Envy is a central theme in Samantha Wilde’s book. Nora desperately wants to become pregnant and envies both Annie and Cynthia for their seemingly easy entry into motherhood. While being swept away by the magic of Cynthia, Nora also confronts her unsolved feelings for an ex-boyfriend, David, who also happens to be Cynthia’s new husband. Thou shalt not covet!

Annie is conflicted about whether she feels jealousy or is just lonely after friend Suze returns to the workplace. Annie, whose approach to life and motherhood is humourously dry and frank, seeks the guidance of counselor Meg where she reveals the raw realities of staying home with children while financially strained by a man whose divorce to his first wife is not yet settled.

While reading Samantha Wilde’s I’ll Take What She Has I felt so bad for Annie and Nora I wanted to cry. Their feelings of insecurity, want, neglect, and anger were all so real I recognized a universal truth about women in their stories. Though subtle at times, the cumulative thoughts and conversations these women had led to a richly drawn narrative about the plight of women and our struggles to tame the monster of envy and want. Just like Annie and Nora, women need friendships to weather transitions in life and Samantha Wilde’s decision to write about the lonely isolation these women experienced when their friendship was strained added another layer of deep characterization.

Book groups will have a field day with this book discussing the many ways in which women interact with each other and themselves, our wants and desires and ways in which women “can be their own worst enemy”.

Loved this book for its richly drawn characters and themes of jealousy and want. As the jacket suggests, readers will come away feeling the grass might not be greener on the other side. It just might be greenest – beneath your feet.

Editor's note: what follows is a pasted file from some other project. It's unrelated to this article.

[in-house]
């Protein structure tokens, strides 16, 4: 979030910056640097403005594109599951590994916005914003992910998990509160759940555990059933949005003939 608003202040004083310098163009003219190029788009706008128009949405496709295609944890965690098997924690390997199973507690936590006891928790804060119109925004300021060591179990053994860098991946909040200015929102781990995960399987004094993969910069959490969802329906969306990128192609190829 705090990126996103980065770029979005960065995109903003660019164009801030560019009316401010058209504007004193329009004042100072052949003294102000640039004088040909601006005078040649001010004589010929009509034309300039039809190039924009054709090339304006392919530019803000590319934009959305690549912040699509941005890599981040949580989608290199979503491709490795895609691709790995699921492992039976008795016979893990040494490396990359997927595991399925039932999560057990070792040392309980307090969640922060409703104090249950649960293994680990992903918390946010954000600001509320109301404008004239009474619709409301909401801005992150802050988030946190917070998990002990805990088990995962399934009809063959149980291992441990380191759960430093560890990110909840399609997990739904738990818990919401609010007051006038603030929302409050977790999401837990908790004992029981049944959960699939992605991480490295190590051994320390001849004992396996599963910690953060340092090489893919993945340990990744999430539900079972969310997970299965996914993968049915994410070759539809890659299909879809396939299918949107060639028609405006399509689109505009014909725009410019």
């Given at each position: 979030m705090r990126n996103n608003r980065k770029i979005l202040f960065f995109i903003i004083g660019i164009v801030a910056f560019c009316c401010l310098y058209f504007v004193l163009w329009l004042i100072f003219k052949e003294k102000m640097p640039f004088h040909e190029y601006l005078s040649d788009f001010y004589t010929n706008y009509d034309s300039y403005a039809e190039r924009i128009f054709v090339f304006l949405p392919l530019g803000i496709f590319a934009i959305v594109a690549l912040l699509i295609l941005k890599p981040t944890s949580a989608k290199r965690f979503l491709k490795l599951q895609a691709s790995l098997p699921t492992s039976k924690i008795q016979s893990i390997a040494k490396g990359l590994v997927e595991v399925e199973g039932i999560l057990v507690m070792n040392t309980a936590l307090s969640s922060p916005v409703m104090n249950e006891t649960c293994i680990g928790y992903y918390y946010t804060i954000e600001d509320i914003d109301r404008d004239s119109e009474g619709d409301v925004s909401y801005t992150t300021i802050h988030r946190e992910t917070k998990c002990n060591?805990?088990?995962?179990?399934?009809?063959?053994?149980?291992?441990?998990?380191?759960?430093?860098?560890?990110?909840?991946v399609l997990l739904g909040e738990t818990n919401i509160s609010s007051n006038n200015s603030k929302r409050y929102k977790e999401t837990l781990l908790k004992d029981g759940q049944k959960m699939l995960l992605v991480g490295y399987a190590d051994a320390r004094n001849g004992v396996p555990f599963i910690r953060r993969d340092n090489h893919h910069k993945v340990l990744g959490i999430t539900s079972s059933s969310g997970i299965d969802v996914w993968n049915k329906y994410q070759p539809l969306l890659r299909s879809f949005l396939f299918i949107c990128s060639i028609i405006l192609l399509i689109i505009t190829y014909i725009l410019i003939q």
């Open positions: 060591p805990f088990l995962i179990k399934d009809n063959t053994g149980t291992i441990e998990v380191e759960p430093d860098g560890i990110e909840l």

Author Interview: Samantha Wilde

Author Samantha Wilde joins Chick Lit Chit Chat blog readers for a quick chat about her writing, her books, friendship and envy. Samantha’s second book, I’ll Take What She Has was the twelfth book I read on my way to reading and posting book reviews for 52 books in just 52 weeks. Click here to read my book review.

Welcome, Samantha!

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As a busy mother of three, how do you find time to write?

Sometimes, I don’t! Over the years, I have trained myself to use small amounts of time efficiently. I always write during nap-times (and on occasion they don’t happen). When I am under deadline or inspired or behind (which is almost always!), I write after the children’s bedtimes. I write quickly, without too much self-censorship. When I have a babysitter, and I have had years with no sitters and years with a sitter for 3-5 hours a week, I work diligently knowing that I am paying someone to write (that’s serious motivation). I let go of the household details, turn a blind-eye to the laundry and work late in the rarely quiet house. When I get frustrated about getting only crumbs of time, I remind myself of my full-time occupation as an at-home mother. In a very real way, my writing life is simply a modest cottage industry.

I'llTakeWhatSheHasBOokYour book, I’LL TAKE WHAT SHE HAS, deals with issues of insecurity and envy which seem so prevalent in mommy culture. Why is that?

That’s a great question, and I see two ways to read it. Why is envy prevalent in the mommy culture and/or why does my book deal with that? As for the first question, envy seems native to the human experience. Women, for whatever reason, have it harder in this area. When I researched envy for the book, I found out that women’s experiences of envy can intensify around fertility. And then, of course, motherhood has become a place of inherent insecurity for most modern mothers as they constantly battle with the should have/would have/could have. Is this because we are given so many options? Is it like standing in the cereal aisle staring at the choices until you feel literally battered by the profusion? Or is it a cultural woe that we can fix with honesty, community, and kindness towards our selves? There are probably many reasons, and there are many cures. It is possible to mother without envy–to live without envy–to become, little by little, more content.

As to why I wrote about it…well, in the first place, my mother, novelist Nancy Thayer, gave me the original idea for a story about newlyweds and envy. It was her impression that everyone can relate to envy–and I would agree, although if you are not honest with yourself it may be harder to admit your little longings for greener grass. And what’s the verdict? Green grass is only a myth anyway –and as those who have the literal stuff know, it takes lots of work, water, money and weed killer.